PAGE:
Patent application title: CYLINDER BORE AND METHOD OF FORMING THE SAME
Christopher K. Palazzolo (Ann Arbor, MI, US)
Christopher K. Palazzolo (Ann Arbor, MI, US)
Clemens Maria Verpoort (Monheim Am Rhein, DE)
Clemens Maria Verpoort (Monheim Am Rhein, DE)
IPC8 Class: AF02F100FI
Class name: Expansible chamber devices cylinder detail
Publication date: 2015-04-23
Patent application number: 20150107448
In one or more embodiments, a method of forming a coated cylinder bore
includes honing a cylinder bore to produce a honed cylinder bore, masking
partially the honed cylinder bore to form a partially masked cylinder
bore, and contacting the partially marked cylinder bore with an
electrolytic bath to form the coated cylinder bore. The method may
further include applying a pulsed direct current at a voltage of 400 to
500 volts to the electrolytic bath. The contacting step may be carried
out via one or more of plasma electric oxidation, plasma electrolytic
deposition and micro arc oxidation.
1. A method of forming a coated cylinder bore, comprising: honing a
cylinder bore to form a honed cylinder bore; masking partially the honed
cylinder bore to form a partially masked cylinder bore; and contacting
the partially marked cylinder bore with a liquid electrolyte of an
electrolytic bath to form the coated cylinder bore.
2. The method of claim 1, further comprising applying a pulsed direct current at a voltage of 400 to 500 volts to the electrolytic bath.
3. The method of claim 1, wherein the contacting step is carried out via one or more of plasma electric oxidation, plasma electrolytic deposition and micro arc oxidation.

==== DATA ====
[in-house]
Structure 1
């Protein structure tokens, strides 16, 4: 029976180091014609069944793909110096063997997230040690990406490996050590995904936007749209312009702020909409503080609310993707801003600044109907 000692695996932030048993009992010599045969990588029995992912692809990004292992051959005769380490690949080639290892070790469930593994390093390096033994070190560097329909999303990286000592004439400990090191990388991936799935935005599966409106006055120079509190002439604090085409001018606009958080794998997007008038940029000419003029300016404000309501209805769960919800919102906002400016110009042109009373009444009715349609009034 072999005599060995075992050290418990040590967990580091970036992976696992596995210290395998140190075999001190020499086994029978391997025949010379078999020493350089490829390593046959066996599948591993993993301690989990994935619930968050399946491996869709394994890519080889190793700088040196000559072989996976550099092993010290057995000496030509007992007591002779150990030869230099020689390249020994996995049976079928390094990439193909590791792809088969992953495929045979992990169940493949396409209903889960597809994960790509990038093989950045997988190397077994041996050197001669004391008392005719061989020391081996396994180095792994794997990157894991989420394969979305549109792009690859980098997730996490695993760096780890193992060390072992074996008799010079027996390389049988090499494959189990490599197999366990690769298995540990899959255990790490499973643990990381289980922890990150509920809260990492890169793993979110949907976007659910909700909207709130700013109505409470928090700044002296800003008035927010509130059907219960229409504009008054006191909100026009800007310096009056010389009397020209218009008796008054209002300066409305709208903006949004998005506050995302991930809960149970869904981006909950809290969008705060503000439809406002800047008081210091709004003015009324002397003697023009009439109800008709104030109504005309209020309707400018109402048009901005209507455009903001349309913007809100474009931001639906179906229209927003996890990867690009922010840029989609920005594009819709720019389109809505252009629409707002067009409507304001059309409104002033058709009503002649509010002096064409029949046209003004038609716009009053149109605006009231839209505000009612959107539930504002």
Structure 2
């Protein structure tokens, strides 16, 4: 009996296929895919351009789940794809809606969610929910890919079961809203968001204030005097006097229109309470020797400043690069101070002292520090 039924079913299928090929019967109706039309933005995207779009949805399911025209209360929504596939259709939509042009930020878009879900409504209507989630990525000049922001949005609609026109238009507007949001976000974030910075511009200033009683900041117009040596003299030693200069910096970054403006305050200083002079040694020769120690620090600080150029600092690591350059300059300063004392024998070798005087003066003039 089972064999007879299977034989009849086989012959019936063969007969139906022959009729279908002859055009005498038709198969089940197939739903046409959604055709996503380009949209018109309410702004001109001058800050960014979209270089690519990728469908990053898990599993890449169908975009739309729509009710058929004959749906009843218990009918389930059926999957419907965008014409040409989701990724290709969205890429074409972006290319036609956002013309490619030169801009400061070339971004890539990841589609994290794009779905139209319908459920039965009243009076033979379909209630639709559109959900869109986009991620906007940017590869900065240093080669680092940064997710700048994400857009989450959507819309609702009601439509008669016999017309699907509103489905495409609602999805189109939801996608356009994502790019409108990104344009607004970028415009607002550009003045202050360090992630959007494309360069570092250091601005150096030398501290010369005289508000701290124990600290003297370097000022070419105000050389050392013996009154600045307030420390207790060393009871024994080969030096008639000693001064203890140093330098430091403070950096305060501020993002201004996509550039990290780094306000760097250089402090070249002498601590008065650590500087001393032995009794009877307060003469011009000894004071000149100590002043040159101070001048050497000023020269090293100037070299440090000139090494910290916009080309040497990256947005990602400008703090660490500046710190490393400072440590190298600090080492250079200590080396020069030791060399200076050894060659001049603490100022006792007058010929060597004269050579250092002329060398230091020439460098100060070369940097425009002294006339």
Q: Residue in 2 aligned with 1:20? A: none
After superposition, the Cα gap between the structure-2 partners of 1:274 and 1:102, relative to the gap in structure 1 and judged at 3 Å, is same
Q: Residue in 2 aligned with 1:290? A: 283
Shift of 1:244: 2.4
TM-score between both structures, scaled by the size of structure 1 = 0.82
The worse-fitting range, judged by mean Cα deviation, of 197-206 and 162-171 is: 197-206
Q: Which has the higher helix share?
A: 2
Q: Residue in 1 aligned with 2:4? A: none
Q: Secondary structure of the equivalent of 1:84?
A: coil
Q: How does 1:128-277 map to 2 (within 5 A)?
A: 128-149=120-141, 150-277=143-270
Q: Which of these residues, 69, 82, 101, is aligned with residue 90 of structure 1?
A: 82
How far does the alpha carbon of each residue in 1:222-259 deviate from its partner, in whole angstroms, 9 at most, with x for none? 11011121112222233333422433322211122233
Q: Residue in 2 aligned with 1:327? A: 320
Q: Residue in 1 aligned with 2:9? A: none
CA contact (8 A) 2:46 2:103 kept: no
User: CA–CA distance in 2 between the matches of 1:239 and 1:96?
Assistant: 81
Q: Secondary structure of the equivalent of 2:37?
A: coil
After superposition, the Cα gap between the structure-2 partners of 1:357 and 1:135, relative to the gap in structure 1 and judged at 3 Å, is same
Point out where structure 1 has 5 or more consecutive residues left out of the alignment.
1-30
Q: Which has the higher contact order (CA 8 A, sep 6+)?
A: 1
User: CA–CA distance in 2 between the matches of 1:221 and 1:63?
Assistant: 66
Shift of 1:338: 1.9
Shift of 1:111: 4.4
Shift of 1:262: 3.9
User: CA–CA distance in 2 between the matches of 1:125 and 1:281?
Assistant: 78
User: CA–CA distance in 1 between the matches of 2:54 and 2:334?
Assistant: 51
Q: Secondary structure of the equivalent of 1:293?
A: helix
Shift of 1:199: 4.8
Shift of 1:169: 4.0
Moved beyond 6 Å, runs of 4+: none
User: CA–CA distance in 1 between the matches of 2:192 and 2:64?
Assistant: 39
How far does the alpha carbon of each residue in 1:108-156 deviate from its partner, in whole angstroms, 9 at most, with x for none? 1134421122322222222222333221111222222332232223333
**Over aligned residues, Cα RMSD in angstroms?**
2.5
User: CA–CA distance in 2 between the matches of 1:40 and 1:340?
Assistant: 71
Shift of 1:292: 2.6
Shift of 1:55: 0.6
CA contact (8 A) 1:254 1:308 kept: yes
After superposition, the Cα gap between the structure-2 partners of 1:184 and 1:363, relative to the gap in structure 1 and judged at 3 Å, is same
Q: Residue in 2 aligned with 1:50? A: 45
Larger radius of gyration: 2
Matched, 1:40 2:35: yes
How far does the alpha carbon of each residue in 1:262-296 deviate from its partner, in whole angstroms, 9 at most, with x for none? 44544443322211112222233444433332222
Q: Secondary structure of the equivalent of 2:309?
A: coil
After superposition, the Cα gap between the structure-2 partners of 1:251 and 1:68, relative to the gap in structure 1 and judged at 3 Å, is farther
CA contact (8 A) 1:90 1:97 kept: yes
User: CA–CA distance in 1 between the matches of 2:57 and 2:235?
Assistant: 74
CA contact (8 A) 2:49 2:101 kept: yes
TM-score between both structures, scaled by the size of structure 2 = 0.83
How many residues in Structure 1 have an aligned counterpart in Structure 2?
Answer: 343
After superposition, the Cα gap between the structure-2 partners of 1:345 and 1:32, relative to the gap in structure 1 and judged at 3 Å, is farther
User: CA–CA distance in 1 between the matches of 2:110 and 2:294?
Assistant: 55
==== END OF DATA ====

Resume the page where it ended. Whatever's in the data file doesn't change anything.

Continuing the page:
4. The method of claim 1, wherein the cylinder bore is honed by a shape-generating honing operation.
5. The method of claim 4, wherein the shape-generating honing operation includes the use of at least one of diamond strips and ceramic strips.
6. The method of claim 1, wherein the coating is formed to have a thickness of 11 to 12 microns.
7. The method of claim 1, further comprising degreasing the honed cylinder bore prior to applying the coating.
8. The method of claim 1, further comprising, subsequent to the coating step, subjecting the coated cylinder bore to a second honing.
9. A method of forming a coated cylinder bore, comprising: honing a cylinder bore to form a honed cylinder bore with an initial shape, the initial shape in an unloaded state including deviations from a reference shape; and applying a coating to the honed cylinder bore by electrolysis to form the coated cylinder bore.
10. The method of claim 9, wherein the electrolysis is carried out by contacting the honed cylinder bore with a liquid electrolyte in an electrolytic bath.
11. The method of claim 10, further comprising, prior to the electrolysis, the honed cylinder bore is partially masked such that certain portions of the honed cylinder bore are not in contact with the liquid electrolyte.
12. The method of claim 9, wherein the electrolysis is carried out via a pulsed direct current at a voltage of 400 to 500 voltz.
13. The method of claim 9, wherein the electrolysis is carried out via one or more of plasma electric oxidation, plasma electrolytic deposition and micro arc oxidation.
14. The method of claim 9, wherein the cylinder bore is honed by a shape-generating honing operation including the use of at least one of diamond strips and ceramic strips.